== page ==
Solid photography abilities may be precious for designers and artists, whether your interest is professional or enjoy taking photographs for fun. So let’s say you’ve invested in one of the best cameras for photographers – what’s next? This crash course in photography will teach you how to improve your photographic skills.
This tutorial will reinforce your basic photography skills, free you of bad habits, and allow you to concentrate on creating better photographs, from focusing and composition to white balance and lighting. We’ll show you how to get the most out of your DSLR’s controls so you can capture great pictures. (Note that while we’ll go over processes for Canon and Nikon cameras, similar approaches will work on other brands as well.)
These photography websites also have a wealth of information, and this DSLR cheat sheet is an excellent resource for DSLR newbies (or those who need a refresher). While you’re here, check out our guides to the best picture editing applications and our guide to perfecting portrait photography.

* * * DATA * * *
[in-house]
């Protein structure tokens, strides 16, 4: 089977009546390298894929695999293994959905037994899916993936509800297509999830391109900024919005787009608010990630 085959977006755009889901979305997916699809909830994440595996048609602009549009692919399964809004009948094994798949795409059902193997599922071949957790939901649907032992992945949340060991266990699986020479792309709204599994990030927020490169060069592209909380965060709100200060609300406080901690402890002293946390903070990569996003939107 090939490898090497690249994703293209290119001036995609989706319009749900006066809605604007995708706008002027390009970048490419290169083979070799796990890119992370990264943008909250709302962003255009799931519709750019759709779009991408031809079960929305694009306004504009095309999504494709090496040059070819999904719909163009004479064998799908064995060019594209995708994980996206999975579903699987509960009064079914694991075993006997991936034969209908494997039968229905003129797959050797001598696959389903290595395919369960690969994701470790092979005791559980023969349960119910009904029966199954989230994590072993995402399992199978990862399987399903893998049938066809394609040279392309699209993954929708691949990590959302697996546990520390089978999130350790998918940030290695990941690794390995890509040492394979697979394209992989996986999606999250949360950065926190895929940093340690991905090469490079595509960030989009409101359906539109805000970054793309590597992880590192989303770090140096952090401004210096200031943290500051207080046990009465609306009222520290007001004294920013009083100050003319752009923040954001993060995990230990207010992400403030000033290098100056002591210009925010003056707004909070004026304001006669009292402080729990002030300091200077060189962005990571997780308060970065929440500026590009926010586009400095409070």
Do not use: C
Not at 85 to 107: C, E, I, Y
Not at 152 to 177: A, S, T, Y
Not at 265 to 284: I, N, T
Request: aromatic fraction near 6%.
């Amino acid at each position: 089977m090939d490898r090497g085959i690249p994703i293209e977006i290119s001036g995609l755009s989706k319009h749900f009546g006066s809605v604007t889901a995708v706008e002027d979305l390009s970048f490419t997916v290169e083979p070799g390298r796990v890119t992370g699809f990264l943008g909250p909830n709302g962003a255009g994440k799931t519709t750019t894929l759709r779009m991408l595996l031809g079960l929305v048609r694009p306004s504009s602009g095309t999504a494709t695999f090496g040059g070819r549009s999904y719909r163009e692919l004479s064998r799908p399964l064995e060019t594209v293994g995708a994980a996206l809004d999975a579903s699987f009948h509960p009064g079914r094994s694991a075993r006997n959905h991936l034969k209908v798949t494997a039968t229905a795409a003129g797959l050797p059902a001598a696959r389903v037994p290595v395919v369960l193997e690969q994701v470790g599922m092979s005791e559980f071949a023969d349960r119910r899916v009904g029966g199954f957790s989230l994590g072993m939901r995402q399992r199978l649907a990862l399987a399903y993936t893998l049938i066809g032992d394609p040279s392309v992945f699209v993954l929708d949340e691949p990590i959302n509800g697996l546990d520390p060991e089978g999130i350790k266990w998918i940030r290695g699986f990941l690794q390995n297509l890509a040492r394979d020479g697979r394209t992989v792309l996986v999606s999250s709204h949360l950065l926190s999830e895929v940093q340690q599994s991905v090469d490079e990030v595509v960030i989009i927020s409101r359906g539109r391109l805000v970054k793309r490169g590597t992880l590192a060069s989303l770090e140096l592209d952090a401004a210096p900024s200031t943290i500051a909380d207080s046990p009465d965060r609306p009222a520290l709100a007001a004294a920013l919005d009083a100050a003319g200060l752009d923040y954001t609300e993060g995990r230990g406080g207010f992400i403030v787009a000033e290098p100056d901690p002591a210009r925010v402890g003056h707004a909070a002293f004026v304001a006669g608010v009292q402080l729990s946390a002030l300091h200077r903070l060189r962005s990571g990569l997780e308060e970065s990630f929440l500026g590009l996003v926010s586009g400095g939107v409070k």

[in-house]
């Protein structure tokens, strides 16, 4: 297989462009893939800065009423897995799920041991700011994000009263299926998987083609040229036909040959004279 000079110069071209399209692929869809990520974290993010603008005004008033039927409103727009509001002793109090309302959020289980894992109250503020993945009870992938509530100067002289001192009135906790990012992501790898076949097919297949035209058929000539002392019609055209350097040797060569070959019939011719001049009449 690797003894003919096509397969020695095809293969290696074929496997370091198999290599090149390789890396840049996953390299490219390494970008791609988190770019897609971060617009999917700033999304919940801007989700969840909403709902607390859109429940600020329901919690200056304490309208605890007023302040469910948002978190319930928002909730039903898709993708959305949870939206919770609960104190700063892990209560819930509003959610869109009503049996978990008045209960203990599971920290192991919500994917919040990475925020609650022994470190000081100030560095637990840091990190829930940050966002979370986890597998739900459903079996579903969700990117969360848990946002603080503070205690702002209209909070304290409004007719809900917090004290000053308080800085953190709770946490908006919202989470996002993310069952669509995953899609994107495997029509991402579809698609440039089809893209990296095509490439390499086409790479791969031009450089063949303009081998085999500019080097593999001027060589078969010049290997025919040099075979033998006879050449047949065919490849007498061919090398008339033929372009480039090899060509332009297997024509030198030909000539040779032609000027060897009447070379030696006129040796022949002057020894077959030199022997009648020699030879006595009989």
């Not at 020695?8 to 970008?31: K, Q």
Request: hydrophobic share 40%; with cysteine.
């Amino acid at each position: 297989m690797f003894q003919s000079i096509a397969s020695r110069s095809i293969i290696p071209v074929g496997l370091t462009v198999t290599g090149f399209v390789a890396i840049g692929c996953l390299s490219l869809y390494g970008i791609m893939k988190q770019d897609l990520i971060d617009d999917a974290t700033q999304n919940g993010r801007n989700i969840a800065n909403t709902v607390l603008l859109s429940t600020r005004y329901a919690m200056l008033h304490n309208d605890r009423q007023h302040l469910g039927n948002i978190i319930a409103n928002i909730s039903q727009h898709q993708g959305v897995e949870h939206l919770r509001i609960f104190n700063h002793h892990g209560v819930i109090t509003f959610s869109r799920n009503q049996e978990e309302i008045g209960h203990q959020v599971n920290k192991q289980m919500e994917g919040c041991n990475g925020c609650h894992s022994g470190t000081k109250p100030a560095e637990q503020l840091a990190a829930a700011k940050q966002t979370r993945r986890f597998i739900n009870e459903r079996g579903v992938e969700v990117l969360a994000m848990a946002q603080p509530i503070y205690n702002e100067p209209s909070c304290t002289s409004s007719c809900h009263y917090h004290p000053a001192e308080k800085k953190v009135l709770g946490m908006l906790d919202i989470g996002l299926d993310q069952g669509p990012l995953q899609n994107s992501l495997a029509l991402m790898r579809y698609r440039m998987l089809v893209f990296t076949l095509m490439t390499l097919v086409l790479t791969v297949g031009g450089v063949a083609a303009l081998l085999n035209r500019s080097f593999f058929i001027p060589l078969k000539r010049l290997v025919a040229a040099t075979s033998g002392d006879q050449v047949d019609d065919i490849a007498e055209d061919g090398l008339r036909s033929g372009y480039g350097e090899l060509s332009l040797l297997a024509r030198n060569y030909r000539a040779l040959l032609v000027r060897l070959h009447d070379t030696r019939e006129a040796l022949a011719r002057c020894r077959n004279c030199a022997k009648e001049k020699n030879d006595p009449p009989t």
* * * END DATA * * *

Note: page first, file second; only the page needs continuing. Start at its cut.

Take Charge of Your Exposure
Allow your camera to focus on its own, using the central focus point. While this will create sharp photographs in many scenarios, controlling the focus point for more creative photography is preferable. After all, your chosen subject won’t always be in the center of the frame.
So the first thing you’ll need to learn is how to focus your camera on the exact point you want to be sharp. Your camera contains several focus points dispersed across the frame that you can see through the viewfinder, and these are a great way to focus on off-center items. In addition, you’ll need to use the single-point autofocus mode on your camera rather than the multiple or automated options.
Individual focus point selection (and the number available) varies by the camera. Still, on Canon models, you must push the AF point selection button, then move the input dial or utilize the selector on the back of the camera. While doing so, look through the viewfinder to observe the active AF point (in red) move around the frame.